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Ancient Greek Literature
Definitionby Donald L. Wasson

Ancient Greek Literature

Greek literature has influenced not only its Roman neighbors to the west but also countless generations across the European continent. Greek writers are responsible for the introduction of such genres as poetry, tragedy, comedy, and western...
Plagues in History
Collectionby Mark Cartwright

Plagues in History

Plagues have swept through humanity ever since communities have gathered together in concentrated groups. In this collection of resources, we look at just some of the pandemics that raged throughout Antiquity and the Middle Ages, from the...
Sushruta
Definitionby Joshua J. Mark

Sushruta

Sushruta (c. 7th or 6th century BCE) was a physician in ancient India known today as the “Father of Indian Medicine” and “Father of Plastic Surgery” for inventing and developing surgical procedures. His work on the...
Cultural links between India & the Greco-Roman world
Articleby Sanujit

Cultural links between India & the Greco-Roman world

Cyrus the Great (558-530 BCE) built the first universal empire, stretching from Greece to the Indus River. This was the famous Achaemenid Dynasty of Persia. An inscription at Naqsh-i-Rustam, the tomb of his able successor Darius I (521-486...
Ancient Greece
Definitionby Joshua J. Mark

Ancient Greece

Greece is a country in southeastern Europe, known in Greek as Hellas or Ellada, and consisting of a mainland and an archipelago of islands. Ancient Greece is the birthplace of Western philosophy (Socrates, Plato, and Aristotle), literature...
Oribasius
Definitionby Helene Perdicoyianni-Paleologou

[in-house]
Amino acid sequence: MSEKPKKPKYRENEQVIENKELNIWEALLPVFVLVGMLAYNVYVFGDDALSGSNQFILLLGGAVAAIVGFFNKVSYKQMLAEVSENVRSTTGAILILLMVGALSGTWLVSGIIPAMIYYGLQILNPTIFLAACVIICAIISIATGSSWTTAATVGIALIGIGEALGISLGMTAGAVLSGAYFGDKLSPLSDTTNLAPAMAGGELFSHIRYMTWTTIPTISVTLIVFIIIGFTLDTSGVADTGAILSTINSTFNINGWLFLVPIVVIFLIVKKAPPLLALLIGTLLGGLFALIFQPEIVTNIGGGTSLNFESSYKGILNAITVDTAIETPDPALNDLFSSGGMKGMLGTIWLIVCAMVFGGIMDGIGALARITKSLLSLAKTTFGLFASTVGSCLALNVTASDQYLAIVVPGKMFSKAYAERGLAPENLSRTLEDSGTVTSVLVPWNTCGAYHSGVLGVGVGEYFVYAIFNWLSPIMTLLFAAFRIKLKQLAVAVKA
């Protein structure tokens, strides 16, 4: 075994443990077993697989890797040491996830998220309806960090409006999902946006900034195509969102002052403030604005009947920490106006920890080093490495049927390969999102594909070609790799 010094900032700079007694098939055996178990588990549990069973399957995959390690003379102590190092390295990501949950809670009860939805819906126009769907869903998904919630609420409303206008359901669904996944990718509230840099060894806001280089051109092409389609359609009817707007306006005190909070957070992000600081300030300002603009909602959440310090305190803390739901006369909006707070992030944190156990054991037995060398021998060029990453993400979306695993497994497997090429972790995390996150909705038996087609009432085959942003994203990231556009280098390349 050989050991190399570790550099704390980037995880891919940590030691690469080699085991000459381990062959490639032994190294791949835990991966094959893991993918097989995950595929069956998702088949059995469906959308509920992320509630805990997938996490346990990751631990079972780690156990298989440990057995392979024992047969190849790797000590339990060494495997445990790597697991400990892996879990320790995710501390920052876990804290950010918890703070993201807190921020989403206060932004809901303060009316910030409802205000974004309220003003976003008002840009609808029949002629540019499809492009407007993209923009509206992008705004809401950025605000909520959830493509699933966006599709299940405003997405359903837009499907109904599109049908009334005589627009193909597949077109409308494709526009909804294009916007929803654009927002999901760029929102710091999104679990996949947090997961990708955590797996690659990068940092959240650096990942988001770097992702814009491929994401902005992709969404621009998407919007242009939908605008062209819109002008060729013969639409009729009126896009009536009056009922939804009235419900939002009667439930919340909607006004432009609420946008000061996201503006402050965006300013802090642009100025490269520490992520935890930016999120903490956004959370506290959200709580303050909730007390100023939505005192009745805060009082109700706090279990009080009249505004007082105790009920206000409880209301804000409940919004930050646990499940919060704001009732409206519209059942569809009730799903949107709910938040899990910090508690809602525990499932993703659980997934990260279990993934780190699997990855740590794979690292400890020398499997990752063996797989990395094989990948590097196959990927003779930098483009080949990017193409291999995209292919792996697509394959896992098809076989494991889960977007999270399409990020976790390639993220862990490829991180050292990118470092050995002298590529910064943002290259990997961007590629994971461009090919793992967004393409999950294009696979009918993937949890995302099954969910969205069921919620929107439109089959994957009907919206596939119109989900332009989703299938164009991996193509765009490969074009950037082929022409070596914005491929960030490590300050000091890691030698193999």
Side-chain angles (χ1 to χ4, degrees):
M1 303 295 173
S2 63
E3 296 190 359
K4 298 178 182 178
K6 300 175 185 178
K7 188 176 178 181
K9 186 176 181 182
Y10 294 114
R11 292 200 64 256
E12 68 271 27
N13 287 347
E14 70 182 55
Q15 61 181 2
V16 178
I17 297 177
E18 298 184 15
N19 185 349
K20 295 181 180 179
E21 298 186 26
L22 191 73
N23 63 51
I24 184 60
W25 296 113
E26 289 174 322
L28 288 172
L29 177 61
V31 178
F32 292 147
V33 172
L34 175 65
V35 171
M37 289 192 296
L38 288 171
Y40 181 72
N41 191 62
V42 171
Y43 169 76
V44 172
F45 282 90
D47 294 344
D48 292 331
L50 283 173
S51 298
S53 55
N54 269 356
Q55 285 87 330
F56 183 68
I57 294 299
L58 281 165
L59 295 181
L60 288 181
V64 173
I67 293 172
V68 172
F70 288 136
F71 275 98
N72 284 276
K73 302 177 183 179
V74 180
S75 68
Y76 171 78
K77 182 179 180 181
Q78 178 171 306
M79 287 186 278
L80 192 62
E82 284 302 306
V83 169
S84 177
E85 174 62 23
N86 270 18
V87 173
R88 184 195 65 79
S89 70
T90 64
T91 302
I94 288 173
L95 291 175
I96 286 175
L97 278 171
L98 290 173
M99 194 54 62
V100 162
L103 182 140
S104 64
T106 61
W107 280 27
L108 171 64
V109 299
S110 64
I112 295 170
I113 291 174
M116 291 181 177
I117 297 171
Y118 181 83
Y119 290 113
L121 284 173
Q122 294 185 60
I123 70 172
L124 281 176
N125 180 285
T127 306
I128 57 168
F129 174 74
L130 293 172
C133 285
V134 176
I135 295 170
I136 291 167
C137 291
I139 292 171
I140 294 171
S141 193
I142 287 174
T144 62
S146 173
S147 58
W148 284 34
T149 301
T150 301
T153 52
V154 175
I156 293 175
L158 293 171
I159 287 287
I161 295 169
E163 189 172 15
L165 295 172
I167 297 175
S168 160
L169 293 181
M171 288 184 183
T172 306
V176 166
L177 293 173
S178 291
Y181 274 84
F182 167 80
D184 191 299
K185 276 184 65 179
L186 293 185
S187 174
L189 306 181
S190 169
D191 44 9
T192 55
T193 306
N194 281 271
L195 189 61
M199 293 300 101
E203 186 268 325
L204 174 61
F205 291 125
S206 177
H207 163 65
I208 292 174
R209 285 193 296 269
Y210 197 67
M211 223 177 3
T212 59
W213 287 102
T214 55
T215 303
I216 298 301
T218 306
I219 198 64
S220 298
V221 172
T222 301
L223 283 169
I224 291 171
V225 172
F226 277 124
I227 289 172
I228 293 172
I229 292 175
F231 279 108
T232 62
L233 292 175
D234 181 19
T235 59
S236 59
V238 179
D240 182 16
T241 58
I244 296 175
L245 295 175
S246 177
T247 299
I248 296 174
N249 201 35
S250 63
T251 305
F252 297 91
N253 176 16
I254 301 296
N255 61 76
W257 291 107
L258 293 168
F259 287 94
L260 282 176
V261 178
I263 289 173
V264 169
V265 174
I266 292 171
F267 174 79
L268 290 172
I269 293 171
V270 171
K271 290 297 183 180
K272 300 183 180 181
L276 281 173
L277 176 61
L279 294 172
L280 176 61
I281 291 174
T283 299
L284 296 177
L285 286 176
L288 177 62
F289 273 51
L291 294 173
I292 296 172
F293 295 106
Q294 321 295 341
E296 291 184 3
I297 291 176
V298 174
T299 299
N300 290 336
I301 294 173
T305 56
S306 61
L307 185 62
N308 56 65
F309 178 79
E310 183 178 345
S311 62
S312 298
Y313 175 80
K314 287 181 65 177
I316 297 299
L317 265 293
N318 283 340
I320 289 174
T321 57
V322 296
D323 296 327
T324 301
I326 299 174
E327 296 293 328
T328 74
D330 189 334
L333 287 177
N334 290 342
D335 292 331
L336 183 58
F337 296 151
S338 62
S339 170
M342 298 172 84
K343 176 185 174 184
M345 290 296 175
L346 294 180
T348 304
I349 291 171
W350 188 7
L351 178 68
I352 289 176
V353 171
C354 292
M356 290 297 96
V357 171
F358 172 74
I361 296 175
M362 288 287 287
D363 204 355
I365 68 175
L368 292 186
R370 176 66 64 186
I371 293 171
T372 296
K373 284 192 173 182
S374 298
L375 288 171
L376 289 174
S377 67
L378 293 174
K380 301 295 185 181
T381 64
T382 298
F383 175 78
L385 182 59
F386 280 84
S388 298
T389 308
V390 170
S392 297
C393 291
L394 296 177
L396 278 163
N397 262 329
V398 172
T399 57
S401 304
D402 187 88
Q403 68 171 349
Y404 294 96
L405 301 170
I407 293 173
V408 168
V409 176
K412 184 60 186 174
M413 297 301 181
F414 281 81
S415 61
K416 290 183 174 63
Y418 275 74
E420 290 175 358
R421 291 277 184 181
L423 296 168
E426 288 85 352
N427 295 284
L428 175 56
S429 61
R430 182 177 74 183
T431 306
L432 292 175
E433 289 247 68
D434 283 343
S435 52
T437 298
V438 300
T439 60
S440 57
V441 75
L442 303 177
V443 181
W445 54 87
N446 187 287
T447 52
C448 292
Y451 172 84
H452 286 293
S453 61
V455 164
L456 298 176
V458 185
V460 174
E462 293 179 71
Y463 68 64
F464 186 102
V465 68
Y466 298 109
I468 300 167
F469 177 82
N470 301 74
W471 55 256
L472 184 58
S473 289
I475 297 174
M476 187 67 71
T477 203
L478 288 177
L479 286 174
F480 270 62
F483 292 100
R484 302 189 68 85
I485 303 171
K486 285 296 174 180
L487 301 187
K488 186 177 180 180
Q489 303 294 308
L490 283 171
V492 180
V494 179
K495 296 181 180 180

Oribasius

Oribasius (c. 320-400/403 CE) was the physician and political advisor of the Roman emperor Julian the Apostate (r. 361-363 CE). A native of Pergamon, a rich and powerful Greek city in Mysia, he studied medicine and oratory and belonged to...
Ancient Medicine, Healing and Physicians in Antiquity
Videoby Kelly Macquire

Ancient Medicine, Healing and Physicians in Antiquity

Medicine in the ancient world was often combined with what we would consider magic, especially in Ancient Mesopotamia and Egypt. In Mesopotamia, the goddess Gula who is also known as Ninkarrak and Ninisinna presided over health and healing...
Health Care in Ancient Mesopotamia
Articleby Joshua J. Mark

Health Care in Ancient Mesopotamia

In ancient Mesopotamia, the gods infused every aspect of daily life and this, of course, extended to health care. The goddess Gula (also known as Ninkarrak and Ninisinna) presided over health and healing aided by her consort Pabilsag (who...
Greek Colonization
Definitionby Mark Cartwright

Greek Colonization

From around 800 BCE, ancient Greek city-states, most of which were maritime powers, began to look beyond Greece for land and resources. As a consequence, they founded colonies across the Mediterranean. Trade was usually the first step in...
Ancient Egyptian Medical Texts
Articleby Joshua J. Mark

Ancient Egyptian Medical Texts

Medicine in ancient Egypt was understood as a combination of practical technique and magical incantation and ritual. Although physical injury was usually addressed pragmatically through bandages, splints, and salves, even the broken bones...
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